Chronic illness in a family impacts each individual member of the family. However, the impact may vary from member to member, with each members reactions affecting the others. The primary purpose of this study was to explore the impact of migraine headaches on the male partner of the female patient. Specifically, the impact on quality of life, level of depression and marital satisfaction of the partner as reported by the partner, was targeted for study. Twenty couples completed the internet based survey which included a background information form, Migraine Specific Quality of Life measure, Dyadic Adjustment Scale, Kansas Marital Satisfaction Scale and the Beck Depression Inventory. Forty-five additional patients completed the survey, however, their data were not linked to a partner data set. A brief analysis of the patient only data was conducted as well. This exploratory study employed a correlational research design. Partners reported that patient migraine did in fact have a measurable impact on their own quality of life. However, analysis of partner scores revealed that their level of depression was not significantly influenced by the patient migraine. The assessment of partner marital satisfaction based on the scores from two different measures yielded conflicting results. Overall, partners did not report the patient's migraine as negatively impacting their satisfaction with their mate, nor their relationship as a whole. The patient only sample analysis revealed a strong statistically significant negative relationship between the Beck depression score and the MSQ total score.'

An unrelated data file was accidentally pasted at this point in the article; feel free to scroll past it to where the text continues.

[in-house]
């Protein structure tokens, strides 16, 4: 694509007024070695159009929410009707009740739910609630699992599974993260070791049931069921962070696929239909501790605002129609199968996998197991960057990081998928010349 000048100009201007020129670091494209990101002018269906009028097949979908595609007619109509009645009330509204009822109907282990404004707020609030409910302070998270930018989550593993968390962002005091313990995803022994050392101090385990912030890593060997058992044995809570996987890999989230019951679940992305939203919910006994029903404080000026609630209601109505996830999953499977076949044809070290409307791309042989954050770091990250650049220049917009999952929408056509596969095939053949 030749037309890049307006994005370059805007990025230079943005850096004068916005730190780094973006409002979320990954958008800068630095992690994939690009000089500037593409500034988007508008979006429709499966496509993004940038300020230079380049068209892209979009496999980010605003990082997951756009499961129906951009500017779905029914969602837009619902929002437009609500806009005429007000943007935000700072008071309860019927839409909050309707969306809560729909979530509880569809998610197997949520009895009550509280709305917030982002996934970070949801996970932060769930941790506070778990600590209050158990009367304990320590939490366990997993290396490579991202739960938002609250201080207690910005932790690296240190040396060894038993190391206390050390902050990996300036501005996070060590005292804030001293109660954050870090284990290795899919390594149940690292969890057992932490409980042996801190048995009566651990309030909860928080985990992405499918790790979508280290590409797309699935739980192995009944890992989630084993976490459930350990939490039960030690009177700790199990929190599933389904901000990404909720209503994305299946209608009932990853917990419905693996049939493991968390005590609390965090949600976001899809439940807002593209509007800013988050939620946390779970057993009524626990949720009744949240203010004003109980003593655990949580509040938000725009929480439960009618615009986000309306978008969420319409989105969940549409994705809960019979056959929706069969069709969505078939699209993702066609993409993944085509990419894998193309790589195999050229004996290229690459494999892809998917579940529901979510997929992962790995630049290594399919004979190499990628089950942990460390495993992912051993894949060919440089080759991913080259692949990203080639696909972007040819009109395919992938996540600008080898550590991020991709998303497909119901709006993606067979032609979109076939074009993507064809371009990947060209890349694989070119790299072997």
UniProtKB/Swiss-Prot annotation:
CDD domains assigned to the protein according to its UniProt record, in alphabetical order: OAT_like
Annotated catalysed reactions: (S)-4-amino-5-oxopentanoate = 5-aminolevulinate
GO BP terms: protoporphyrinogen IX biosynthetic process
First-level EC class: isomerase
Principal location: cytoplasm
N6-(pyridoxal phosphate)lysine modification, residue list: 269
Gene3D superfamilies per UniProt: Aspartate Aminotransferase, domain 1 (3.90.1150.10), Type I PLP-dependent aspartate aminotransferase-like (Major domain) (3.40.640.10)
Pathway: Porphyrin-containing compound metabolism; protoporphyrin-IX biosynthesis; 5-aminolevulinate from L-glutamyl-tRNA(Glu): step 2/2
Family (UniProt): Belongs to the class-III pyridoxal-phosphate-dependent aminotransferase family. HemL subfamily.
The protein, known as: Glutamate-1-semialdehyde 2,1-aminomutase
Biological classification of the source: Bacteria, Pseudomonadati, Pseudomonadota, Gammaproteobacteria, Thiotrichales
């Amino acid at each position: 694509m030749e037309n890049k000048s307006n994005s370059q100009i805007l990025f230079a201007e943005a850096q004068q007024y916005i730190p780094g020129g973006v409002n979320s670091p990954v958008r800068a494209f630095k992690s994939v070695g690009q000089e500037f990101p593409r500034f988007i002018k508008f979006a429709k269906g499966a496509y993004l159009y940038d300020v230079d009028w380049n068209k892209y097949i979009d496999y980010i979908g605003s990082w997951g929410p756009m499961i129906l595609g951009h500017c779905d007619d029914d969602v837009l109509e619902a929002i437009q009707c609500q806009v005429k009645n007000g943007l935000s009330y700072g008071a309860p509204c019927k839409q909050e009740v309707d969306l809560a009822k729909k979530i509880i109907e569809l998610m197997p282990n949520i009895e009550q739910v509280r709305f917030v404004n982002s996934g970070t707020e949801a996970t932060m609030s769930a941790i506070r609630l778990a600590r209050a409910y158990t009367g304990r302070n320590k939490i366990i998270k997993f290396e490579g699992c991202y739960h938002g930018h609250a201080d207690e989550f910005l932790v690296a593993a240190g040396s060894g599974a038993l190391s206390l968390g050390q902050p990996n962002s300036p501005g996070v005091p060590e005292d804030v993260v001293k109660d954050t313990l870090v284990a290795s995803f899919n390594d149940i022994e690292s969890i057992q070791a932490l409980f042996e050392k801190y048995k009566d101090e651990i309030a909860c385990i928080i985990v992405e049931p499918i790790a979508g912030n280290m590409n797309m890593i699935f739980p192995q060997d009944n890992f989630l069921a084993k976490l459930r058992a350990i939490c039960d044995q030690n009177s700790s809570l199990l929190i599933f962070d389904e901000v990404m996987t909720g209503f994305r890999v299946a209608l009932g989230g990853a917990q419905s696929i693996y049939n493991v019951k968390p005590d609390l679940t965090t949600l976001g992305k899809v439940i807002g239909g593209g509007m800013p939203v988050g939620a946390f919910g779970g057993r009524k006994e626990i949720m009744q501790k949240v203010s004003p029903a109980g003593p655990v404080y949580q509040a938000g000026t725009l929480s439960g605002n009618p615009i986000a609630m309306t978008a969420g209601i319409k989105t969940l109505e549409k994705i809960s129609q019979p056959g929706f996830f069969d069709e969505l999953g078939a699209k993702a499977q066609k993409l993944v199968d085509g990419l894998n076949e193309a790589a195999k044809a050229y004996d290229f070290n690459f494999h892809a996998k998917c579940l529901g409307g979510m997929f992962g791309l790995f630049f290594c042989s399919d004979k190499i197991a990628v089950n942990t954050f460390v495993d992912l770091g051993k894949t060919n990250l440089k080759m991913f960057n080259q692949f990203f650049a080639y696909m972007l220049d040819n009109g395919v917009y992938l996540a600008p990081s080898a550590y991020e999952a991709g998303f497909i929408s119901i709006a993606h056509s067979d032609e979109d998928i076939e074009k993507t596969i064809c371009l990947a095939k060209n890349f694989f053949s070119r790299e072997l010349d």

migraine, quality of life, partner impact, depression, chronic illness, marital satisfaction
Level of Degree
Individual, Family, and Community Education
First Committee Member (Chair)
Second Committee Member
Third Committee Member
Bacher, Karen. "Migraine Headache: A family affair.." (2014). http://digitalrepository.unm.edu/educ_ifce_etds/17